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British RoyalsFeaturesInsightThe Wessexes

Royal Wedding Flowers: the Countess of Wessex


When Sophie Rhys Jones married Prince Edward on June 19th 1999 at St. George’s Chapel, she carried a bouquet with more than a hint of the past about it. The couple who starred in the last big Windsor wedding of the 20th century had gone for something of a medieval theme in the look of their big day and the flowers carried by the bride fitted right in.

From the pageboys and bridesmaids in outfits inspired by the ancient Order of the Garter to the striking pearl jewellery given to the bride by her groom, there were plenty of Plantagenet touches about this royal wedding. And the Countess of Wessex’s wedding bouquet, a medium sized arrangement in a cascade style, reflected those designs.
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Sophie’s bouquet was a mix of some of the most popular flowers used by brides for their big day. The creamy blooms included garden roses, stephanotis, freesias and lily of the valley. But the star flower in this arrangement is the calla lily which nestles at the heart of the bouquet and remains its most striking feature. Surrounding the blooms is trailing greenery including some very deep leaves which reflect the black and white colour scheme used for the bridal party.

As you’d expect from such traditional bridal blooms, all the flowers in Sophie’s bouquet have rather romantic meanings in the language of flowers that was so popular with the Victorians. Lily of the valley, scattered throughout the bouquet in clusters, represents ‘’the return of happiness’’ while the freesias, less easy to spot, signify innocence and friendship. Roses take on different meanings according to their colour with white blooms symbolizing new beginnings as well as purity and innocence. The calla lilies represent beauty.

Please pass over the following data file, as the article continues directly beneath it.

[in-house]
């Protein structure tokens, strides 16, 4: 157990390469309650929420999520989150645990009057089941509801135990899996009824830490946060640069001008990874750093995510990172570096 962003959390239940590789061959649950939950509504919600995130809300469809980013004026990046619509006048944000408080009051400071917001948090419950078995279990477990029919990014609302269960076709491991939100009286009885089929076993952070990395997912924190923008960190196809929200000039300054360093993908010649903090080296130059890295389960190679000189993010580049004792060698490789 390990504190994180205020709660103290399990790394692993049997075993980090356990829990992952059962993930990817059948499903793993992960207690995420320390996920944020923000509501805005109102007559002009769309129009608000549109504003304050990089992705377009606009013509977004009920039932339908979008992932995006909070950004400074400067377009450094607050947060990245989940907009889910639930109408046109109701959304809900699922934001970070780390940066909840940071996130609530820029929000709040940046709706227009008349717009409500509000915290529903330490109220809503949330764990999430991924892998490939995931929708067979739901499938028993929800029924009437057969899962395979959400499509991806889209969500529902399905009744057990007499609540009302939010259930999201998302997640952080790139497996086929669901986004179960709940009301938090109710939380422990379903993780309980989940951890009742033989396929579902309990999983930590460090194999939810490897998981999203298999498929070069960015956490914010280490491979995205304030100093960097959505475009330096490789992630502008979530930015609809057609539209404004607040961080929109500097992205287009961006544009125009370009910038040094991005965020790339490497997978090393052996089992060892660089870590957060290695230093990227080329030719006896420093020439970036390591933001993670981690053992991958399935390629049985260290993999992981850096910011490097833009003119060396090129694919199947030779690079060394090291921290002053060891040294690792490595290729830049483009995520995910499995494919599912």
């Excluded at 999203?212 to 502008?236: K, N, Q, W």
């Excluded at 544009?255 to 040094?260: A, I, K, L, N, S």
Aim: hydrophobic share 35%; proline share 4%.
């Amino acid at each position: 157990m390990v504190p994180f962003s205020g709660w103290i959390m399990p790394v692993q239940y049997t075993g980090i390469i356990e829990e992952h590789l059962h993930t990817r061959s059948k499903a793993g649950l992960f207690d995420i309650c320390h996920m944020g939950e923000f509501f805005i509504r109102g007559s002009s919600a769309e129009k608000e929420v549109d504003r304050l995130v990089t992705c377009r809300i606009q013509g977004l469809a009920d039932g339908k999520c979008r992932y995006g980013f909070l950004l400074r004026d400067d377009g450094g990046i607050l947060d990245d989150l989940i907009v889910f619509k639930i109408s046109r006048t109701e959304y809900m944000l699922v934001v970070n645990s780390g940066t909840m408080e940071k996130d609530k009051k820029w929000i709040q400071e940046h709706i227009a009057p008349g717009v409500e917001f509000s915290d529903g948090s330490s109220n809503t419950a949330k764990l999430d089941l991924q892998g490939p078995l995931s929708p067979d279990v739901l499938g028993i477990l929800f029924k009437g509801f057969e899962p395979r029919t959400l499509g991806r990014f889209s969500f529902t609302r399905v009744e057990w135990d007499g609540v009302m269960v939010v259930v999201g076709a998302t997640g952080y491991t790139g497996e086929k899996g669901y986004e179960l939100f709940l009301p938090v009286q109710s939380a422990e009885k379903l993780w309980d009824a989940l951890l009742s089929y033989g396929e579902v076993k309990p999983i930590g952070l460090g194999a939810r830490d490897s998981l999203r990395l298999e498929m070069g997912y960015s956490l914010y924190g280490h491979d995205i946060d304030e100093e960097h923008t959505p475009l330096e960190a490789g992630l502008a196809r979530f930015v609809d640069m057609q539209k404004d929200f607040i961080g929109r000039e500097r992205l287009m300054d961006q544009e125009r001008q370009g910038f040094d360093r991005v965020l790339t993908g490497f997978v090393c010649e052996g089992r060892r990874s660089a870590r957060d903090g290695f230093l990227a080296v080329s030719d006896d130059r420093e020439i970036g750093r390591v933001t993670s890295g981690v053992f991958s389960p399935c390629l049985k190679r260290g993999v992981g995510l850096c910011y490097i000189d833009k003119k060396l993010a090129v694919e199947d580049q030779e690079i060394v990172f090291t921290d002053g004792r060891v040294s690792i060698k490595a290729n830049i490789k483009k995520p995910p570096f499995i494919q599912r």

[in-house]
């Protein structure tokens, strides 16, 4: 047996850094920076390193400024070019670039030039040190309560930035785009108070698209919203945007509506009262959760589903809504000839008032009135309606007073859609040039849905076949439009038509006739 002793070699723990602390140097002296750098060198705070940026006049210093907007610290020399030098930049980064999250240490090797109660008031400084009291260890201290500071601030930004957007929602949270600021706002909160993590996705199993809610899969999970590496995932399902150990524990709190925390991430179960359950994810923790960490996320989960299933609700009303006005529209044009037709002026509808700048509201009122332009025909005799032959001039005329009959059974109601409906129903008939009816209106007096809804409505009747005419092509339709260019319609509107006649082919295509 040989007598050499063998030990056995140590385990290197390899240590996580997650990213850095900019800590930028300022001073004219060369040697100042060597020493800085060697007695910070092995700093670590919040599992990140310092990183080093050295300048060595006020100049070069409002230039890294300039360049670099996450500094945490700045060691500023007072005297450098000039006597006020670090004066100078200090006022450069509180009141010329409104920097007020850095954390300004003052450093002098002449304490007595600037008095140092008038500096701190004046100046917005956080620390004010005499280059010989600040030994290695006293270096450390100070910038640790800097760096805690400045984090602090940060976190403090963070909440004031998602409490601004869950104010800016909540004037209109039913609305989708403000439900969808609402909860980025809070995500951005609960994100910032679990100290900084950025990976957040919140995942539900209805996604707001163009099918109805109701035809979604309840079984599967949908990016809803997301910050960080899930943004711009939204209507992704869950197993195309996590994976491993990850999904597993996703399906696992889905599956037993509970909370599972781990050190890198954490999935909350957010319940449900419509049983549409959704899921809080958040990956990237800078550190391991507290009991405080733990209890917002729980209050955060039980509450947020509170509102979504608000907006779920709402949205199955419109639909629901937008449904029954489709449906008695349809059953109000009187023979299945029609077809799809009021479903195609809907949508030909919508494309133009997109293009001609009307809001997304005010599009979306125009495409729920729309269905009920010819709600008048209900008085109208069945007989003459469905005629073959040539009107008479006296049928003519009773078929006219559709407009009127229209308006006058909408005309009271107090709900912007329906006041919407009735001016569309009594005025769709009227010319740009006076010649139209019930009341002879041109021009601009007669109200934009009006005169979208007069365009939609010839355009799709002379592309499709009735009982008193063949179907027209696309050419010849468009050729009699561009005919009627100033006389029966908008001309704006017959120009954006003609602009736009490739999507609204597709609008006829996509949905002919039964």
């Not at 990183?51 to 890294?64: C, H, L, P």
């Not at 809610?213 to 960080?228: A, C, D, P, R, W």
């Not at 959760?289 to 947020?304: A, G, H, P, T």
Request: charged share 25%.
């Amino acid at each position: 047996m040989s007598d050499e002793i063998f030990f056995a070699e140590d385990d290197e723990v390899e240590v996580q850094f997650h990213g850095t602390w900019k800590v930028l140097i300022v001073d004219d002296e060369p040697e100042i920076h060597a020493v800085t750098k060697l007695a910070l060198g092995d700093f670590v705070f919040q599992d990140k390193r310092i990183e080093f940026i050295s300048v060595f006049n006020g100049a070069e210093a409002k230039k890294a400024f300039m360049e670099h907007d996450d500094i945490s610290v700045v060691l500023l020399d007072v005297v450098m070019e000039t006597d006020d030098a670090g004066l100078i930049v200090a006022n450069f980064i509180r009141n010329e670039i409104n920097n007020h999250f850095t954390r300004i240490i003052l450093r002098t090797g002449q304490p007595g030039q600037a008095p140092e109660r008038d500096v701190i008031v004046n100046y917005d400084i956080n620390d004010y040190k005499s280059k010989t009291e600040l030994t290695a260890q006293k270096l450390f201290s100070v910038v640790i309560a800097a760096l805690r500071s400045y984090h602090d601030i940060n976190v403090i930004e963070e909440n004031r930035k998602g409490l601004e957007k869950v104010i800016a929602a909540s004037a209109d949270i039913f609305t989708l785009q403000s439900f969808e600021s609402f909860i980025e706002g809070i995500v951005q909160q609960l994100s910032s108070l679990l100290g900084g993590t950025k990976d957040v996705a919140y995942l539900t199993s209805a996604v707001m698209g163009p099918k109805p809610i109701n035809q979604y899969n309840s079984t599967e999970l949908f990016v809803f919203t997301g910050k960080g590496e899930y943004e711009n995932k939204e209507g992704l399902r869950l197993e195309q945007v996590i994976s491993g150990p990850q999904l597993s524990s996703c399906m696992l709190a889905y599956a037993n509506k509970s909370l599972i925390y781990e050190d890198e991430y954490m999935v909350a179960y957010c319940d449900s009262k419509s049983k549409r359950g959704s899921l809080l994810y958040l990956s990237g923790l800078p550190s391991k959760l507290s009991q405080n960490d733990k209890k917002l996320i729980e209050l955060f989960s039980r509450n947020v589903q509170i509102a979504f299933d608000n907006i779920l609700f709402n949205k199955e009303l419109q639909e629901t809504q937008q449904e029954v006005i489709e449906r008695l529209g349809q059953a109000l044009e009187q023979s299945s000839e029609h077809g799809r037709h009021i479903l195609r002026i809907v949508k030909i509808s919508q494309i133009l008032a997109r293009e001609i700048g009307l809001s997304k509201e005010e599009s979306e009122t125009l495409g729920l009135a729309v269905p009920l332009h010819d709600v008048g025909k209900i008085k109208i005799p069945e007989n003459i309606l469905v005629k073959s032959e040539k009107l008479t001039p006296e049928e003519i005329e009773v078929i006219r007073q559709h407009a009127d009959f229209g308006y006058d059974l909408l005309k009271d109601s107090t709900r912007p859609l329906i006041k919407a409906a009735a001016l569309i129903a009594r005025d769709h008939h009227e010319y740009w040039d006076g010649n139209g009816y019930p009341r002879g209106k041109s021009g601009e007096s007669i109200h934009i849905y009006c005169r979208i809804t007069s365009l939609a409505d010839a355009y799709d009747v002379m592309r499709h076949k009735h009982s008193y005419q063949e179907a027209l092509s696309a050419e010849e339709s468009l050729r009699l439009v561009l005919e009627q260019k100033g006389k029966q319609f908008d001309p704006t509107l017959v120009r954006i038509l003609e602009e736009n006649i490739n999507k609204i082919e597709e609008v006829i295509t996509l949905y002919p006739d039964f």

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Sophie’s flowers also have another claim to fame. This is one of the few royal wedding bouquets known to have been kept. A section of the posy was preserved and put in a frame. The Countess of Wessex has said the wedding reminder is on show at her home so all her guests can see it.

From the moment Sophie’s father, Christopher Rhys-Jones, carried this bouquet up the steps of St. George’s Chapel, Windsor for his daughter to the starring role it took in the official wedding portraits, this has always been a striking arrangement. And almost twenty years on, it remains so, a royal wedding bouquet that has really stood the test of time.

 

About author

Lydia Starbuck is Associate Editor at Royal Central and the main producer and presenter of the Royal Central Podcast and Royal Central Extra. Lydia is also a pen name of June Woolerton, a journalist and writer with over twenty years experience in TV, radio, print and online. June has been a reporter, producer and editor, picking up several awards over the years. She's appeared on outlets including BBC 5 Live, BBC Radio Ulster and BBC Local Radio and has also helped set up a commercial radio station. June is also an accomplished writer with a wide range of material published online and in print. She is the author of two novels, published as e-books. She is also a marriage registrar and ceremony celebrant.